Organised as part of the conference Discovery, Display and Debate: New Agendas for University Museums by the Sainsbury Institute for Art*, University of East Anglia, and the Japan Society for the Promotion of Science
Once, university museums were academic temples. They were often filled with esoteric specimens and tools collected and used by academics and students, and their raison-d'être was largely unchallenged. They were there because they were somehow important for the university.
Today, faced with financial pressure and new theories in museum studies that encourage more engagement with the wider public, university museums seek to be more outward-looking – they now want to be academic fora. However, this shift from temple to forum is not as straightforward as it may seem, because of the academic nature of their collections, and also due to their mission to undertake specialised research, teaching, and public engagement at the same time. While university museums across the world are now grappling with this new challenge, two in Japan have been singularly successful – and yet remain unknown in the UK.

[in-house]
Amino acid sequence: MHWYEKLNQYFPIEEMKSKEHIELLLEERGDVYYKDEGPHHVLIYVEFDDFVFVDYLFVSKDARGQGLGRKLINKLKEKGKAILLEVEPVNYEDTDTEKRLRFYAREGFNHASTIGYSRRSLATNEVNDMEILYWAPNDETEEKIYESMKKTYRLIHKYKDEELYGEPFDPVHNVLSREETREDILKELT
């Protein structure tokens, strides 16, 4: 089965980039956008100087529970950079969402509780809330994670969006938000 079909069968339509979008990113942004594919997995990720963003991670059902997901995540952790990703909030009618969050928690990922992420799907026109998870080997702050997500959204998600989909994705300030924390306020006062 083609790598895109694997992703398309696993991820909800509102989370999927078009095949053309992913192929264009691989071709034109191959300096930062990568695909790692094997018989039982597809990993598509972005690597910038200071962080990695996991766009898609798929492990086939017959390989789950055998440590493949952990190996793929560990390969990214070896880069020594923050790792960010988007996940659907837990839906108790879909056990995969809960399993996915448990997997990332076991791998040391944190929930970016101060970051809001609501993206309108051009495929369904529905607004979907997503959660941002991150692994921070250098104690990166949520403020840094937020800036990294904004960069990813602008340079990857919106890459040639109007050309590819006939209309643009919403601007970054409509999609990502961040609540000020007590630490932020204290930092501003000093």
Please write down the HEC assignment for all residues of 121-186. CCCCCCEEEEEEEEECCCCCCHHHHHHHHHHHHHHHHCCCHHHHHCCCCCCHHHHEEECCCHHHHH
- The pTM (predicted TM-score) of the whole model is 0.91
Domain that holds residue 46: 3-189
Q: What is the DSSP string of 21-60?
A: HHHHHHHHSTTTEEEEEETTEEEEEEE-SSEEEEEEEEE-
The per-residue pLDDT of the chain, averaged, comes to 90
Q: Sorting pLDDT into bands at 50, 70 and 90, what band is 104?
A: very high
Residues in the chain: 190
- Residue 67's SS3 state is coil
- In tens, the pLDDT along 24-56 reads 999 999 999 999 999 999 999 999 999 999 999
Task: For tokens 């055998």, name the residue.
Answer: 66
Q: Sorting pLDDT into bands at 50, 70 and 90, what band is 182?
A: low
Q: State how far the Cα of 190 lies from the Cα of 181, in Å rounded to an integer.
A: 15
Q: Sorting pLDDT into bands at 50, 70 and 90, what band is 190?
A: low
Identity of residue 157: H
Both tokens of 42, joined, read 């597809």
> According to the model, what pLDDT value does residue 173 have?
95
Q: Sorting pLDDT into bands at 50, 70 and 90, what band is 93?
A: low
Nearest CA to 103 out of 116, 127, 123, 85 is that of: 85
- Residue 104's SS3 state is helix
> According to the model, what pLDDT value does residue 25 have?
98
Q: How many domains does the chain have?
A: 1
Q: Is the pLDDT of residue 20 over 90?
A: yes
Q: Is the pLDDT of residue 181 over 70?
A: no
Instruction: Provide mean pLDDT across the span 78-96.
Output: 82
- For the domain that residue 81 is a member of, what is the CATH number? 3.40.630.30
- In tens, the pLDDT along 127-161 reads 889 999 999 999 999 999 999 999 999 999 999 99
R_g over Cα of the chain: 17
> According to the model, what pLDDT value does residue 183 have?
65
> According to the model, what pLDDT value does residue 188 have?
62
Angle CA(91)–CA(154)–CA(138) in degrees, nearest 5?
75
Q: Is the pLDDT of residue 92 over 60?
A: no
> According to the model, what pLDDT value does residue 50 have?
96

The evening lectures will present fascinating activities by the university museums of the universities of Tokyo and Kyoto, which are at the forefront of innovative exhibition programmes crossing traditional disciplinary boundaries.
Weston Room, Norwich Cathedral Hostry, Norwich, NR1 4DH
Two short lectures on University Museums, each followed by a discussion.
The evening will end with a reception
What is the university museum? Towards a reunion of disciplines
by Prof OHNO Terufumi (Director of Kyoto University Museum)
Two decades of UMUT: from digitalmuseum to mobilemuseum
by Prof NISHINO Yoshiaki (Director of University Museum, University of Tokyo)
ADMISSION FREE. ALL WELCOME
(Should you wish to reserve a seat, please contact Mrs Beverley Youngman: email@example.com)
*Sainsbury Institute for Art, comprising four Sainsbury beneficiaries at the University of East Anglia – the Sainsbury Institute for the Study of Japanese Arts and Cultures, the Sainsbury Centre for Visual Arts, the Sainsbury Research Unit for the Arts of Africa, Oceania and the Americas, and the School of World Art Studies and Museology at the University of East Anglia – promotes an integrated approach to art as a global phenomenon through a combination of disciplinary approaches, exhibitions and programmes.